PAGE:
3 min read

Identifying as a Caregiver

Identifying as a Caregiver

There’s a lot to balance on any given Tuesday. Yes, there’s that quarterly presentation at work, and you’d also promised to help Julia fold origami cranes this evening for her best friend’s bridal shower…but everything really starts with dad’s banging and puttering about in the kitchen. That’s what shakes you awake at 5:15 every morning.

He has trouble reaching the spices in the cupboard over the stove — and has fallen before when using the step stool — so you always hop out of bed and go down to help with breakfast while shaking the sleep out of your eyes. From there, it’s counting out his pills from bottles labeled with text too small for him to read, changing over laundry in the basement to save him a trip down the stairs, getting one more coffee refill, and then you’re out the door. At the end of the driveway, you make sure to unload the mailbox, stuffed with yesterday’s mail including some medical bills you’ll help organize tonight. 

Work is a slog on less than six hours of sleep, but the presentation goes fine and you’re then rushing out the door for “lunch” — that hour of leeway when you can whisk dad off to an appointment. By dinnertime, you’re spent, which means take-out. Thinking about food, you double-check status of the Meals on Wheels deliveries he’ll need this weekend when you’re away at the bridal shower.

Right, the shower…maybe you’ll have time to help Julia tomorrow.

The Gradual Path to Caregiving

Does anything about this scenario feel relatable to you? Could these be flashes of days in your own life balancing work, home, children, and aging parents? You’re not alone. While there can be a lot of stress involved in the balancing act, there are rewards as well. After all, you’re doing this because you care.

Caregiving often sneaks up on us. For many caregivers, it’s hard to pinpoint exactly where or when it began. It often starts small — checking the mail for dad, driving mom to her physical, bringing aunt Judy some soup while she’s recovering at home from spinal surgery — but eventually all the errands can add up to more regular and intensive care.

Caregiver Identification and Self-Acknowledgement

What is a caregiver, after all? Because caregiving encompasses such a wide range of possible activities — both emotional and physical — it’s naturally a challenge to see the forest for the trees. Many of these things may strike you as unremarkable, common-sense gestures or duties that any family member would jump to accomplish.

Once you’ve started checking off multiple boxes on the following list, you’ve entered the realm of caregiving:

  • Taking the person to medical appointments or out for errands

  • Making arrangements with hired caregivers or meal services that fill any gaps in support

  • Tracking, paying for, or picking up medications

  • Handling regular household chores (cooking, cleaning, laundry)

  • Assisting with bathroom trips or washing up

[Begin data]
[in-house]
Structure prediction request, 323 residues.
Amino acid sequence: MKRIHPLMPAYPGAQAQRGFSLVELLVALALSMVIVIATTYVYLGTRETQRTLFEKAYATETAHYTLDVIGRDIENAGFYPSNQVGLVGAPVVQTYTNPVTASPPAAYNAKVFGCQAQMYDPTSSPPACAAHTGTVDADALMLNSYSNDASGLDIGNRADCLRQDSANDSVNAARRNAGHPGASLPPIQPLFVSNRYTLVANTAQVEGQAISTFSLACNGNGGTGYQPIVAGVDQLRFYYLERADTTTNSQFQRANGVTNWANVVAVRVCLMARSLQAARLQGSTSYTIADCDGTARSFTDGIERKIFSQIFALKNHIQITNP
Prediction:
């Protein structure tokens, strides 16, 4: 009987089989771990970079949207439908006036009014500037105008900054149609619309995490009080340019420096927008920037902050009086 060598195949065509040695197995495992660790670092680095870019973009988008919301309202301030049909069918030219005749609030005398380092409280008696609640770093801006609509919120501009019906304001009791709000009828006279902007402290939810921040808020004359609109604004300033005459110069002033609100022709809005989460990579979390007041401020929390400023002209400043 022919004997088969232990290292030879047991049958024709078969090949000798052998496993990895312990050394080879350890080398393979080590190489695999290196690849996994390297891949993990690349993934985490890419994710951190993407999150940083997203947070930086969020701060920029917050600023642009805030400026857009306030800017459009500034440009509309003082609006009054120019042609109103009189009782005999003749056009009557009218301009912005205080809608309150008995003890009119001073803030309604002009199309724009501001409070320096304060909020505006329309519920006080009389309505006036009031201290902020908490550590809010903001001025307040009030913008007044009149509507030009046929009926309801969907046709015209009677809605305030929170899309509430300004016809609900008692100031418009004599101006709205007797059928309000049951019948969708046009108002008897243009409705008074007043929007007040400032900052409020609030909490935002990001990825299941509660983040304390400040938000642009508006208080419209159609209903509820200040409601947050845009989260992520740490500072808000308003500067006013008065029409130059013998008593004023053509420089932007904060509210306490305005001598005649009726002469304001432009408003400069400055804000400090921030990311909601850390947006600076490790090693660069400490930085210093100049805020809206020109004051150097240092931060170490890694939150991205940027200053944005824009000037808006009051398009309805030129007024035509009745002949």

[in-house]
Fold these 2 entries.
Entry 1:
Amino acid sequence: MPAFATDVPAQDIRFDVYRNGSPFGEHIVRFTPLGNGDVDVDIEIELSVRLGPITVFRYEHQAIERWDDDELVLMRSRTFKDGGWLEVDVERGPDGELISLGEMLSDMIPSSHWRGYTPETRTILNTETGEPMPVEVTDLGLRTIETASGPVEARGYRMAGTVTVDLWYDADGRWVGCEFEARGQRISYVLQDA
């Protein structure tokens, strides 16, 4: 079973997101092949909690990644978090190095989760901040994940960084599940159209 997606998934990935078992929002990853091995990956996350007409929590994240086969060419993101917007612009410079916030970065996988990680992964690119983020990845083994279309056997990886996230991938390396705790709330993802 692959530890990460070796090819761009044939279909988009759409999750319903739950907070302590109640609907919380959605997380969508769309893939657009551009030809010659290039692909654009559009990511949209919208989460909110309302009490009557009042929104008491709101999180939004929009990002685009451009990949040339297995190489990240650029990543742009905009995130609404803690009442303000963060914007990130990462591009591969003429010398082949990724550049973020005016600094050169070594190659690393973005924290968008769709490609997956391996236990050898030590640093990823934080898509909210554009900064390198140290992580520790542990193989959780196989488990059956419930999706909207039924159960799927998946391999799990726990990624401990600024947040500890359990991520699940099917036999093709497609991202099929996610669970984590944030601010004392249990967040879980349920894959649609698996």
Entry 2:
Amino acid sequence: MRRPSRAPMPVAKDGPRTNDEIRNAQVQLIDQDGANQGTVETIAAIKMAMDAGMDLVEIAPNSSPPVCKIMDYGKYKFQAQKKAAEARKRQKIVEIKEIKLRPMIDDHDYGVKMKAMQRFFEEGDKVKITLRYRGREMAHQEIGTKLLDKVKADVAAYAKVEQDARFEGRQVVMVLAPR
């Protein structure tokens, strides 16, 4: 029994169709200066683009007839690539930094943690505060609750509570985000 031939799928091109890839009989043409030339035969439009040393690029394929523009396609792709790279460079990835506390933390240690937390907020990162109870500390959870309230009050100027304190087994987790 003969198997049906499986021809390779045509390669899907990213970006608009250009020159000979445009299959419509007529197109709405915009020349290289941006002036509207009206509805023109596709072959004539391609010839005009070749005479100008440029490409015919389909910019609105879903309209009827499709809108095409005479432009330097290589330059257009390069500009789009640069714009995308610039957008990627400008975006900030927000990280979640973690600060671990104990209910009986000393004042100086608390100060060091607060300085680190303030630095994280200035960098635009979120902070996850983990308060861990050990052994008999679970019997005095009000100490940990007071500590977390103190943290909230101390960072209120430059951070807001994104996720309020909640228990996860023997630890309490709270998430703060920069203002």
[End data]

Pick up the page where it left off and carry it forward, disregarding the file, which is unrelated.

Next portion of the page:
• Remaining bedside during hospital stays

  • Offering emotional support and reassurance  

  • Advocating on the person’s behalf with doctors and other medical staff

  • Arranging care schedules and divvying up tasks among family with a caregiving app

It’s normal to feel hesitant about using the title “caregiver.” In your perspective, perhaps you’re merely doing what any son or daughter or good friend would do under the same circumstances. Accepting the title also means admitting that your friend or family member needs care, which can be difficult to come to terms with. None of us like to imagine losing our independence.

Caregiving can take a physical toll: lost sleep, frequent transportation, bending and lifting as well as trekking up and down stairs — all on behalf of someone you care about. It may also have many emotional impacts: uncertainty when speaking with doctors, the pain of watching someone you love struggle with things they used to do alone, and stress related to the schedule balancing act. Finally, there is a significant financial burden for many caregivers: pharmacy bills, paying for additional care team members, hospital stays, and more.

Support, Resources & Self-Care

Caregivers might be asked to shoulder a lot for their families, but they’re not alone in those experiences. It’s important to remember that many resources are available to help caregivers understand the context of this complex, often challenging role and offer additional support in all areas (physical, emotional, financial). Make sure to take a closer look at support options such as:

Above all, don’t forget self-care. Many caregivers feel some guilt about taking time to care for themselves with all the other responsibilities on their plates. Those feelings show how much caregiving matters, but it’s hard to offer meaningful care without ensuring your own good health. Make a point to take at least a few regular moments to recharge and rejuvenate so that you return strong the next day.

Effective, Empathetic Resources on an App for Caregivers

Success in the role of caregiver requires a combination of internal confidence and external support. “It takes a village,” as they say. Embrace the gift of time you get to spend with the person you’re caring for and the difference those contributions are making in their lives. We invite you to explore Caregiven and learn more about how the best app for caregivers can simplify asking for and receiving help throughout your caregiving journey.